For 20 years, he was the many Faces and Small Faces of local music, a Rolling Stones-certified Rock & Roll Hall of Fame member grounded locally with a weekly happy hour gig at the Lucky Lounge. One year ago today, Dec. 3, after suffering a stroke at home, Ian McLagan died in Austin at age 69.
"All of Mac's stuff is in storage, including his studio and a lot of cassette tapes and reels and stuff like that," revealed the UK estate executor, son Lee McLagan, who hopes to place some of it at the Rock & Roll Hall of Fame, and recently witnessed a bittersweet Faces-sans-McLagan reunion in England. "The best place for some of it is in Austin."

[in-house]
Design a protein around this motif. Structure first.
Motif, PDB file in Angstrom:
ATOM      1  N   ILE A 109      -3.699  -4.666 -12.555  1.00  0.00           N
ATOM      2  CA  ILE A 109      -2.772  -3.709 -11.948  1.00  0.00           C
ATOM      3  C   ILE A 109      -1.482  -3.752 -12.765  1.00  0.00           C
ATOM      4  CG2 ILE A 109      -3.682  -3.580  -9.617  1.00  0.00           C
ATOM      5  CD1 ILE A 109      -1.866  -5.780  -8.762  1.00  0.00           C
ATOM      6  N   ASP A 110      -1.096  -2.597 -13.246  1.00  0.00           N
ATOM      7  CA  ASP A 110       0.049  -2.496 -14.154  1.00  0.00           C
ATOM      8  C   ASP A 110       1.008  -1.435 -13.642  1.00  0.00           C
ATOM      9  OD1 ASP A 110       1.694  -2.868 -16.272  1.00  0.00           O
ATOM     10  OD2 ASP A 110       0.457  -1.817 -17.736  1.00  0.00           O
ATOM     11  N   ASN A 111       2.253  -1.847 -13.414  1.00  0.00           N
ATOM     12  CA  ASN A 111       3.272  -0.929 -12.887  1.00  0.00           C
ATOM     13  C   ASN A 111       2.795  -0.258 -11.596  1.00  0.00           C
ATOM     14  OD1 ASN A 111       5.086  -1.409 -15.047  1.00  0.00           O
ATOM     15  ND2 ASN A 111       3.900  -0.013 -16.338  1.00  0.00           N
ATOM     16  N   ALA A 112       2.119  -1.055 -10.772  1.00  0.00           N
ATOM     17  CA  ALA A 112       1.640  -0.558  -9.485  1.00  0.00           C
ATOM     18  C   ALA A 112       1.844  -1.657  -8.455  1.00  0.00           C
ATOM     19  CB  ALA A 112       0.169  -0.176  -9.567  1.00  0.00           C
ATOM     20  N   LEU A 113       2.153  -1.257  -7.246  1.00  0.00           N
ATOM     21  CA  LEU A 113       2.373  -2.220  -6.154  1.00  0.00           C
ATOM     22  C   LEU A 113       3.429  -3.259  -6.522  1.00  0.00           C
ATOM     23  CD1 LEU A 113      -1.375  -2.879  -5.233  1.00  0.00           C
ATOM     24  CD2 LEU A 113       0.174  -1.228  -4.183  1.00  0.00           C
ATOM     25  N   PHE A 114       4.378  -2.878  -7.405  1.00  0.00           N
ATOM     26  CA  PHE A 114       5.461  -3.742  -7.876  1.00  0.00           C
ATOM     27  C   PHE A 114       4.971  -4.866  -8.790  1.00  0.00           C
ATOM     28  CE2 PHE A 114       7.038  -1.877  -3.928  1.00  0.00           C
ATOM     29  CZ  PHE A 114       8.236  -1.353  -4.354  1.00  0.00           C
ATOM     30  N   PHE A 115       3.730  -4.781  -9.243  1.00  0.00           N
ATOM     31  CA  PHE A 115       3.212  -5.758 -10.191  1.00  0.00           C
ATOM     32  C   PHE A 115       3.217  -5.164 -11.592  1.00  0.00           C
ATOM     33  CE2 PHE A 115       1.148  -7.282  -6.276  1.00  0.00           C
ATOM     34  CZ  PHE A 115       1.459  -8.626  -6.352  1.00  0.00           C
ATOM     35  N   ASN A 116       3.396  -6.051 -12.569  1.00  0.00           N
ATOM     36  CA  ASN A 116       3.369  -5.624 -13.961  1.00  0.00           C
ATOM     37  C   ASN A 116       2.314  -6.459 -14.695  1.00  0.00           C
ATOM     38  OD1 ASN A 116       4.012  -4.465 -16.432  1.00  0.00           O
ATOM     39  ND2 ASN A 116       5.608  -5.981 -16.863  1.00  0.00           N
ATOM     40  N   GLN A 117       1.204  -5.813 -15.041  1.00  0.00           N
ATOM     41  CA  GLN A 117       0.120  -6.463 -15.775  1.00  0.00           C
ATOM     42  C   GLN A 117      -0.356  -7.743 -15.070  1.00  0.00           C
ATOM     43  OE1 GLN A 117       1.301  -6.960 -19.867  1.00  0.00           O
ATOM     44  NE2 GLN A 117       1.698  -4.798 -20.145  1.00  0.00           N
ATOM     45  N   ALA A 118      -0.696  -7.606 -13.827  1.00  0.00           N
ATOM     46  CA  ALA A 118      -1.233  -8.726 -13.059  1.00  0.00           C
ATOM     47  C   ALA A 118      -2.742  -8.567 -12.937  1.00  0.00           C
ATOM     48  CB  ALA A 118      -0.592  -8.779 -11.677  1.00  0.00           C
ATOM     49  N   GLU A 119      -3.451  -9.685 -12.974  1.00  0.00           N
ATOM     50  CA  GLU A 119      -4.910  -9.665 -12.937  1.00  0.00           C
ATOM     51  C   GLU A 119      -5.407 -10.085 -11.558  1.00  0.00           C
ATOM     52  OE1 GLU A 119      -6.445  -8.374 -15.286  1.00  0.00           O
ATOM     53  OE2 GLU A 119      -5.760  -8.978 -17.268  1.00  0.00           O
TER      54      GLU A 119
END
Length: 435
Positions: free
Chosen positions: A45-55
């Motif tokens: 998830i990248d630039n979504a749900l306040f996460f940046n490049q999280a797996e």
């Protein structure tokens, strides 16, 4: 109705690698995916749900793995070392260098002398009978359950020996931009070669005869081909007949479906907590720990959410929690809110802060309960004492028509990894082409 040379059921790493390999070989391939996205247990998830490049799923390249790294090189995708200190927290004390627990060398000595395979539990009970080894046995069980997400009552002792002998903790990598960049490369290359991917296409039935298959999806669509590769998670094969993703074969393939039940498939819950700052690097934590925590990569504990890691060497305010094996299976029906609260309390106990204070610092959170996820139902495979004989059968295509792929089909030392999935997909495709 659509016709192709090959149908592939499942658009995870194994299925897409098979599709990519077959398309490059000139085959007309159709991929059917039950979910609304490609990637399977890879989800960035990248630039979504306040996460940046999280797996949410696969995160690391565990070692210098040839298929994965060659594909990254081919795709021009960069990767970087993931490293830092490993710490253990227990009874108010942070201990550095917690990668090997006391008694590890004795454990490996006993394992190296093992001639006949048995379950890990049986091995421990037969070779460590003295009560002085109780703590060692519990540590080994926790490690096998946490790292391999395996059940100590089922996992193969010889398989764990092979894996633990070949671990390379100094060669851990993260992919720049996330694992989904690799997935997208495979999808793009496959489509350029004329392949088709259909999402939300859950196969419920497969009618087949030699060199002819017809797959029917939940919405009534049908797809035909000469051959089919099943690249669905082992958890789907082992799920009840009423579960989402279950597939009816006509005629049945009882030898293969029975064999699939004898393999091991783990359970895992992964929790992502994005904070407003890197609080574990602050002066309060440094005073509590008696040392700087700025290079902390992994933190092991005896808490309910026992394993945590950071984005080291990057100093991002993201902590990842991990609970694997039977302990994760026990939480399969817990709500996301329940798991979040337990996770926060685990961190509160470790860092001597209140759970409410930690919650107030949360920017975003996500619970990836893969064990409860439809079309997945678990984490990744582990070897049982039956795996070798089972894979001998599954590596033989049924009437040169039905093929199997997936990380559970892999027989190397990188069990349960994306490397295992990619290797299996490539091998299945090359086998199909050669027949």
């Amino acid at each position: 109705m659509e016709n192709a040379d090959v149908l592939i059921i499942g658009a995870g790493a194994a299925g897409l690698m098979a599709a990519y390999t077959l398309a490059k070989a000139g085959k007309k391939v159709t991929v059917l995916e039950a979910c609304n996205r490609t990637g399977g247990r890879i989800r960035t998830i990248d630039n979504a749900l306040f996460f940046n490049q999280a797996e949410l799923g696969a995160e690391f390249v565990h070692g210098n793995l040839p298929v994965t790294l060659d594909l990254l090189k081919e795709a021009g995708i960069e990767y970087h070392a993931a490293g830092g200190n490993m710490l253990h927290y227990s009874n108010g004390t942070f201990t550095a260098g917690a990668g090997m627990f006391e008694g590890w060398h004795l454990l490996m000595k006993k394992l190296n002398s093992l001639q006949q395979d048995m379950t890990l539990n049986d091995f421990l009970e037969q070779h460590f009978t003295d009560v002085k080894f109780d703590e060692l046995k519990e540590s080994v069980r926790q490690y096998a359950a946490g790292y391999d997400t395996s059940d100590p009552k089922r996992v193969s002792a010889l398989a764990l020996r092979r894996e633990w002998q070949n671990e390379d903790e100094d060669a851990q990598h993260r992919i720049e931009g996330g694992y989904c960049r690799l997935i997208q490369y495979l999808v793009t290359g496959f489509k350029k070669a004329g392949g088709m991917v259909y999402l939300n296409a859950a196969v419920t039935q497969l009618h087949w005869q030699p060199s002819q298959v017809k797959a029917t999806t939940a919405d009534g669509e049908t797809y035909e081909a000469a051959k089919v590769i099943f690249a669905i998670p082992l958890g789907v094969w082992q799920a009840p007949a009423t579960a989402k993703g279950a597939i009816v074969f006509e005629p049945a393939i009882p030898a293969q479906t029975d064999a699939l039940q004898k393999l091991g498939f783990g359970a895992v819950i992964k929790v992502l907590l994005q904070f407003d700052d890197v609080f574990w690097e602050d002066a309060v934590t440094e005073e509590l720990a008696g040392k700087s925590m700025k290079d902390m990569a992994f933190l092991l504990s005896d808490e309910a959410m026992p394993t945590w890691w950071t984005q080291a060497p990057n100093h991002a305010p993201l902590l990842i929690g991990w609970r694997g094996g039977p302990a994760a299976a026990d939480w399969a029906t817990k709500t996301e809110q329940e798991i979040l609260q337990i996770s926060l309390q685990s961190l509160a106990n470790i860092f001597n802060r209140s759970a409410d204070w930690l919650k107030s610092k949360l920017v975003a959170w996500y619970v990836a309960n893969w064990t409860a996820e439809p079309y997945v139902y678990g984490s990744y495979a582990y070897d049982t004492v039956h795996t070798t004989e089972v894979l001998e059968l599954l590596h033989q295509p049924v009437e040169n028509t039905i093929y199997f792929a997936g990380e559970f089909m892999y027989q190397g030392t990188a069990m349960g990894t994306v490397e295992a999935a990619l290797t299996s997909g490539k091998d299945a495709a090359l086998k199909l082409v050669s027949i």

Longtime Mac confidant Jody Denberg reports that today, Thursday, at 1pm, KUTX 98.9FM will re-broadcast McLagan's Bump Band playing a final Studio 1A session, featuring three live cuts from the keyboardist's stunning 2014 swan song, United States, plus an interview. Another radiomate, Kevin Connor, has pronounced Thursday "Ian McLagan Day" on Sun Radio 100.1FM, promising Mac tracks on the hour, every hour.
"Mac lived in Austin for a reason," says his son Lee. "He had a great time there and you all treated him very well."
Hotel Van Zandt Presents Geraldine's
As I ride up the elevator to Geraldine's, the upscale bar occupying the fourth floor of Rainey Street's newest tower, Hotel Van Zandt, local songbird Charlie Faye pipes through the lift's overhead speakers.
"This is an awesome venue!" she proclaims.